Tax credit plan would help 430,000 KS and MO kids in poverty. Why are Dems on the fence?

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Rep. Emanuel Cleaver wishes there was a child tax credit when he was a kid.

He grew up poor, in Texas, and there wasn’t much federal support for his family. Had there been a little extra money to help, he thinks it would have gone a long way.

“I am all for lifting up kids out of poverty,” Cleaver said in an interview with The Star on Tuesday. “I was one of them that didn’t get lifted. I know how it feels. I’ve been there experientially.”

But Cleaver still isn’t sure whether he’ll support a newly proposed expansion of the child tax credit – not because he doesn’t support expansion, but because he worries about provisions in the bill that give tax breaks to businesses.

“I’m not sure that I’m ready to genuflect over a deal that makes the corporate tax provisions a number one priority,” Cleaver said.

The deal, negotiated by Rep. Jason Smith, a Missouri Republican, and Sen. Ron Wyden, an Oregon Democrat, would increase the child tax credit, helping millions of children living in poverty. But it helps fewer children than an historic one-year credit in 2021 that drastically cut the nation’s child poverty rate.

It balances enhancements to the child tax credit by allowing businesses to make more tax deductions for expenses like research and machinery and cut short a COVID-era tax credit that encouraged businesses to keep employees on their payroll during the pandemic shutdown. It also aims to help build more affordable housing, by expanding the Low-Income Housing Tax Credit, a public-private partnership that encourages the construction of low-income housing.

“This legislation locks in over $600 billion in proven pro-growth, pro-America tax policies with key provisions that support over 21 million jobs,” Smith said in a written statement announcing the deal. “I look forward to working with my colleagues to pass this legislation.”

An estimated 136,000 Kansas children and 295,000 Missouri children would become eligible for the program, according to the Center on Budget and Policy Priorities, a nonprofit that studies taxes.

Some Democratic lawmakers said the child tax credit expansion didn’t go far enough to justify the business tax deductions — like Rep. Rosa DeLauro, a Connecticut Democrat who helped craft a 2021 expansion of the child tax credit that expired after only a year. DeLauro said the agreement would leave millions of children in “preventable poverty.”

Democrats have spent the past few years pushing for a child tax credit similar to the one they managed to secure in 2021, with the American Rescue Plan, a COVID-19 recovery bill that passed in President Joe Biden’s first year with only Democratic support.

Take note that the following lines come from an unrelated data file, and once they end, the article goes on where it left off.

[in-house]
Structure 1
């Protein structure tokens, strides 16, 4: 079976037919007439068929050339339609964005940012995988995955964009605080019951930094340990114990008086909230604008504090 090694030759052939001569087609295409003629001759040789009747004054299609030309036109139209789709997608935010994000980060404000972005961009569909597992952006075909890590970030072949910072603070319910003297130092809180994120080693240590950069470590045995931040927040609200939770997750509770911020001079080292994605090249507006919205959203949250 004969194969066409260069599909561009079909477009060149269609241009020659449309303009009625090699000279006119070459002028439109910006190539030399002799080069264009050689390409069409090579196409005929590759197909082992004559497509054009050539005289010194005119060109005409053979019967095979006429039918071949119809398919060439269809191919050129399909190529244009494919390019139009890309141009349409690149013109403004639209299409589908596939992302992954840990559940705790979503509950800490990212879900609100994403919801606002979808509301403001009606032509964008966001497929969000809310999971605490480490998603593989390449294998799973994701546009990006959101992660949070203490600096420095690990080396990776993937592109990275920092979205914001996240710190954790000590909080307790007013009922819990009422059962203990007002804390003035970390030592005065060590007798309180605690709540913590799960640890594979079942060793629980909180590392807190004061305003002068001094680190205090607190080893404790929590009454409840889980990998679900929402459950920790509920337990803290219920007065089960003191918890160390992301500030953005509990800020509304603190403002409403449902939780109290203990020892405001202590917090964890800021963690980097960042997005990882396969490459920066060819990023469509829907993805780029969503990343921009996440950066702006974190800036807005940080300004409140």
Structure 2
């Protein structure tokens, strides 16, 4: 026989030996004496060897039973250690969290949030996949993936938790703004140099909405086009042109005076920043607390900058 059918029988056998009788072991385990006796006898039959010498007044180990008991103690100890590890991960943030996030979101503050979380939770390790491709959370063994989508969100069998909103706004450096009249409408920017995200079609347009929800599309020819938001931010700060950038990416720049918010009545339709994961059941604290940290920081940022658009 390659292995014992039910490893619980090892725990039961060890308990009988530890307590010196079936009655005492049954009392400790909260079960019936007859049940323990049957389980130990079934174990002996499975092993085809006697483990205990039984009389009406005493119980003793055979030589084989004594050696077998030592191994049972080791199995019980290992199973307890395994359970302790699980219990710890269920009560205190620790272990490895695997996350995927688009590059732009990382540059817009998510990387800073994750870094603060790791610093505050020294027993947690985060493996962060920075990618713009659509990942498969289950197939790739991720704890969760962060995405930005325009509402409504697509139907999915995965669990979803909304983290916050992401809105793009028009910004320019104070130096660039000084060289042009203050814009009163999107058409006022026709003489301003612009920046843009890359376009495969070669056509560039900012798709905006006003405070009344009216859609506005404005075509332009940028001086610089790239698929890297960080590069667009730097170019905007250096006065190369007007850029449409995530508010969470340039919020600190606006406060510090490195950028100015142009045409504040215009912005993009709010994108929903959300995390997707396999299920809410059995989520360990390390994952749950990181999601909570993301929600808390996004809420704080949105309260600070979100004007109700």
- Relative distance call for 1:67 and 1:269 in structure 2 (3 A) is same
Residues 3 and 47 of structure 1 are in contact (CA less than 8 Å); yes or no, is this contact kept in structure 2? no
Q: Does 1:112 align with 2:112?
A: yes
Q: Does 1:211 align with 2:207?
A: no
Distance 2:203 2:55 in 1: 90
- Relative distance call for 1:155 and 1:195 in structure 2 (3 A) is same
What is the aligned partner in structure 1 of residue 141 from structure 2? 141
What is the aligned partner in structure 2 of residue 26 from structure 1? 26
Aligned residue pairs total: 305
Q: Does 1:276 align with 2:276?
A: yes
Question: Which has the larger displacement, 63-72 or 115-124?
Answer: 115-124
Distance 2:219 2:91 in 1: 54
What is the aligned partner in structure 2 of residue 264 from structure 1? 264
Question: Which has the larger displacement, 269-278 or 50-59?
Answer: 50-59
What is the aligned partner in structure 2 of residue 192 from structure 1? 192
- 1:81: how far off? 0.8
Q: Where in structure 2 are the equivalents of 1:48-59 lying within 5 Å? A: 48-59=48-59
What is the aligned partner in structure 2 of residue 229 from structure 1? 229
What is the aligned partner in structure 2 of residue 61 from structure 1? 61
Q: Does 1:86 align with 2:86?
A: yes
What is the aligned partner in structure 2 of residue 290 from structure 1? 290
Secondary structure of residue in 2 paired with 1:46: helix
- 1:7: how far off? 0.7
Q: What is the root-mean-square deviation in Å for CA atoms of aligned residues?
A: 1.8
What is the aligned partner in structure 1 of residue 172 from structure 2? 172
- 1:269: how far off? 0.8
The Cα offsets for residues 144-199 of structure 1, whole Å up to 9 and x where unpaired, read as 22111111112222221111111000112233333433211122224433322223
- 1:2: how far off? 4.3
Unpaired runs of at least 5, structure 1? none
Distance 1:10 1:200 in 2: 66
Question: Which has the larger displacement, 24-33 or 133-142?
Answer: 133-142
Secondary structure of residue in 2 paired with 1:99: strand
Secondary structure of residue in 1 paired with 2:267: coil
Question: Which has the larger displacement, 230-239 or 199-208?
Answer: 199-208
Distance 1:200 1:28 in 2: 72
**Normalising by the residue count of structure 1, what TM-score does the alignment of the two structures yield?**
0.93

Under that expansion, the cap on how much someone could get from the child tax credit jumped from $2,000 to $3,600, and included people who didn’t have income. It was also mailed as a monthly check to some people who were eligible.

The credit was hailed for cutting child poverty — a study by the Census Bureau found that it cut child poverty in half, while other estimates say it cut child poverty by more than a third — but it was costly. In 2022, the nonpartisan Congressional Budget Office found that making the credit permanent would cost more than $1.6 trillion over 10 years.

A later effort that would have partially expanded the credit past 2021 passed the House in the so-called “Build Back Better” bill, but was cut out of the Senate’s version of the bill, called the “Inflation Reduction Act”, which focused mostly on climate provisions.

“Well the issues are political,” said Robert Greenstein, a visiting fellow with the Hamilton Project at the Brookings Institute. “And part of the politics is cost.”

The new expansion of the child tax credit would be scaled down. It allows for inflation-adjustment increases to the maximum amount a family can receive in 2024 and 2025 and lifts the amount that’s “refundable,” meaning you get the money beyond what’s canceled out in your income tax mailed to you.

But the credit is still not available for someone who makes less than $2,500 in a year, effectively blocking the credit from low-income families that may need the money. About 1.8 million children under 17 were ineligible for the tax credit in 2022, according to the Tax Policy Center, because their families did not make enough to be eligible for the credit. Another 16.8 million only received partial credit because they made too little.

“You would not say, ‘Oh, this is like halfway back to 2021.’” Greenstein said. “It isn’t close to halfway back to 2021. By the same token, making five and a half million low income children less poor or lifting them out of poverty is significant.”

While White House press secretary Karine Jean-Pierre has said the child tax credit is important to Biden, the White House has not yet taken a position on the bill. But it’s unclear whether it will even get to the White House.

Senate Majority Leader Chuck Schumer, a New York Democrat, offered his support after it was introduced Tuesday, but it’s not clear whether the plan has the support of 60 senators in order to clear the Senate.

And it would have to make it through the House, where a narrow Republican majority has allowed hard-line members to block pieces of legislation they don’t deem conservative enough, which means it will likely need Democratic support.

Rep. Sharice Davids, a Kansas Democrat who has been pushing for an expanded child tax credit for several years, is one of the Democrats willing to vote for the bill.

“This is exactly how Washington should function — both parties coming together to lower costs and make life easier for Kansans — and I’m eager to work with my colleagues to get this done,” Davids said.